Royal Air Force Lockheed Martin C-130J Super Hercules Aircraft Disposal
Royal Air Force Lockheed Martin C-130J Super Hercules Aircraft

Royal Air Force Lockheed Martin C-130J Super Hercules Aircraft Disposal

The Defence Equipment Sales Authority (DESA) is part of Defence Equipment and Support, within the UK Ministry of Defence (MoD), and is the organisation with sole authority and responsibility for overseeing the sale of surplus UK Armed Forces military equipment. Buying from DESA provides customers with the most cost and time effective alternative to purchasing brand new military equipment. DESA is currently marketing a number of C-130J aircraft that are coming out of service between 2023 and 2025. They are available for sale from the UK MoD, who are working with their principal retail partner Marshall Aerospace, who will provide necessary entry into service, sustainment and capability enhancements.

The Lockheed Martin C-130J Super Hercules is a four-engine turboprop military transport aircraft. The C-130J is the newest version of the C-130 Hercules and the only model in production. As of March 2022, 500 C-130J aircraft were delivered to 26 operators in 22 countries. Externally similar to the classic Hercules in general appearance, the J-model features considerably updated technology. These differences include new Rolls-Royce AE 2100 D3 turboprop engines, Dowty R391 six-bladed composite scimitar propellers that have blade tips swept by 35 degrees, digital avionics, and reduced crew requirements. The C-130J includes a black rubber deicing boot at the bottom of the vertical fin, which is another visual difference from previous versions of the Hercules.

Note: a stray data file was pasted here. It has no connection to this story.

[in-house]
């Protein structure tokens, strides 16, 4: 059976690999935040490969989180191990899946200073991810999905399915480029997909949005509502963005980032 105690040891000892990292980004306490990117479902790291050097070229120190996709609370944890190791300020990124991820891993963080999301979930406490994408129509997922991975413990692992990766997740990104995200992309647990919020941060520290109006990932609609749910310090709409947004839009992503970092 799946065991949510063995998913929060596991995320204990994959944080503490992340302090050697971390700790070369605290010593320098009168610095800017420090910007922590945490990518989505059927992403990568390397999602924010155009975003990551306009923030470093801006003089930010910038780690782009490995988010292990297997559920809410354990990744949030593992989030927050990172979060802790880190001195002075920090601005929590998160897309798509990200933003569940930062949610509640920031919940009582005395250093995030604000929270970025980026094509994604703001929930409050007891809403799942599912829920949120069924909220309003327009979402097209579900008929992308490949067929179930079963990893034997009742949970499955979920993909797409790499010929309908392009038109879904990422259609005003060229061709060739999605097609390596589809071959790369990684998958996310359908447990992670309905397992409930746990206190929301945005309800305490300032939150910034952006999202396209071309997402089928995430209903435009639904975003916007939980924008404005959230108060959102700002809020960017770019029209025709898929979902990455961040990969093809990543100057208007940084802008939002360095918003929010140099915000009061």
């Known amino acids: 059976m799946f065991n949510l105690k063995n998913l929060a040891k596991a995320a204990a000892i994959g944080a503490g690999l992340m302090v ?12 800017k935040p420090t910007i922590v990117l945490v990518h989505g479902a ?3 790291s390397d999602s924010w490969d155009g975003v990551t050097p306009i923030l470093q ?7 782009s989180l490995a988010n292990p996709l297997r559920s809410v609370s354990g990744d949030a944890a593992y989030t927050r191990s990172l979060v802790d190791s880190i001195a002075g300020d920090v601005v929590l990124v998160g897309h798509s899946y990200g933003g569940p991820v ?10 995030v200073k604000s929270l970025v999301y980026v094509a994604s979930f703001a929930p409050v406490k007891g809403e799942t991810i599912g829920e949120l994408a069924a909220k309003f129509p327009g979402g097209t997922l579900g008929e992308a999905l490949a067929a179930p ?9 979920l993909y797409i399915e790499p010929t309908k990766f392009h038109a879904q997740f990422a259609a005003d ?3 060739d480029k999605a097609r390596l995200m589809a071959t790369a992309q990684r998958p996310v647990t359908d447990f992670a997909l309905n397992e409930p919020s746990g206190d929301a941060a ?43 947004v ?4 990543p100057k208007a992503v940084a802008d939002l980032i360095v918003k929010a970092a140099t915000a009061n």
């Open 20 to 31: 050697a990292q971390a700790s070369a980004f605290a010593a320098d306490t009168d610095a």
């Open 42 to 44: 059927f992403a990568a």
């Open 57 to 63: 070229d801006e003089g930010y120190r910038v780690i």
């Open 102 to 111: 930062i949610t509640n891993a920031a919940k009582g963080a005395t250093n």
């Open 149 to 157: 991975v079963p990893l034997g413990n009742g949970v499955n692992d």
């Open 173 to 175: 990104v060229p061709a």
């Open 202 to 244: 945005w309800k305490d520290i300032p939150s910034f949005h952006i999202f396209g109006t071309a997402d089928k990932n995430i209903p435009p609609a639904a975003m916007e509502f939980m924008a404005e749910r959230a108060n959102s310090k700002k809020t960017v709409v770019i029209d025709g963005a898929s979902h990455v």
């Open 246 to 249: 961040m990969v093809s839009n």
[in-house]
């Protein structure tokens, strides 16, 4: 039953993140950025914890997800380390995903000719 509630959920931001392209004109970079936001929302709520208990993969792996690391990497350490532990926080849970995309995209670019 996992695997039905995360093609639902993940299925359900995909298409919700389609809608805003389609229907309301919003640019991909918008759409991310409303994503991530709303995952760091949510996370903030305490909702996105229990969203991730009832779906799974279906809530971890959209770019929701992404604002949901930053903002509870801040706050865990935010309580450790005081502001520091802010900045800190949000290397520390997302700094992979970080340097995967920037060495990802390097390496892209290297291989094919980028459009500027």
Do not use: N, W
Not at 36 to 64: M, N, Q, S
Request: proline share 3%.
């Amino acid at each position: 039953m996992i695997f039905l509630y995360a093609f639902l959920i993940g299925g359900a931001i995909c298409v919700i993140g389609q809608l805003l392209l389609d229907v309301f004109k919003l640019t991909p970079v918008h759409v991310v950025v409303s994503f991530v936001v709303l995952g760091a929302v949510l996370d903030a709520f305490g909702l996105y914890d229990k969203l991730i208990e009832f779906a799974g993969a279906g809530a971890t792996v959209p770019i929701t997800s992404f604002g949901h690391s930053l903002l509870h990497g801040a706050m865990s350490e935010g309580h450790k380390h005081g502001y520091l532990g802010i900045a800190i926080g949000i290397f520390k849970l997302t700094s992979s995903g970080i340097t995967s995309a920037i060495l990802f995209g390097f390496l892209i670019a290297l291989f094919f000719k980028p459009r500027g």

Two Lockheed Martin C-130J Super Hercules from Royal Air Force 47 Squadron (Photo by SAC Connor Tierney/Crown Copyright )

The Hercules is the Royal Air Force’s primary tactical transport aircraft and in its current C.Mk 4 and C.Mk 5 versions of the C-130J-30 and C-130J, respectively, has been the backbone of UK operational tactical mobility tasks since it was brought into service in 1999. It is frequently employed to operate into countries or regions where there is a threat to aircraft; its performance, tactics and defensive systems make it the ideal platform for such tasks. The aircraft is highly flexible, with the ability to airdrop a variety of stores and paratroopers, and operate from natural surface landing zones. Long-range capabilities are enhanced with air-to-air refuelling, while the Air Survival Rescue Apparatus may be mounted in the cabin for search and rescue missions, enabling the Hercules to airdrop life rafts and emergency supplies.

Having worked intensively during Operations Telic and Herrick alongside the legacy Hercules fleet, the C-130J has accumulated flying hours rather more rapidly than had been projected. It was identified in the 2010 Strategic Defence and Security Review for withdrawal from service in 2022, a decade earlier than originally planned. By now the A400M programme was well advanced. The Atlas was always earmarked to replace the Hercules and although its tactical capability is likely to have expanded dramatically by 2022, the C-130J clearly had an important tactical role to play until the A400M was fully established. The 2015 Strategic Defence and Security Review reflected this thinking, with the announcement that 14 Hercules C4s will remain in service until 2030.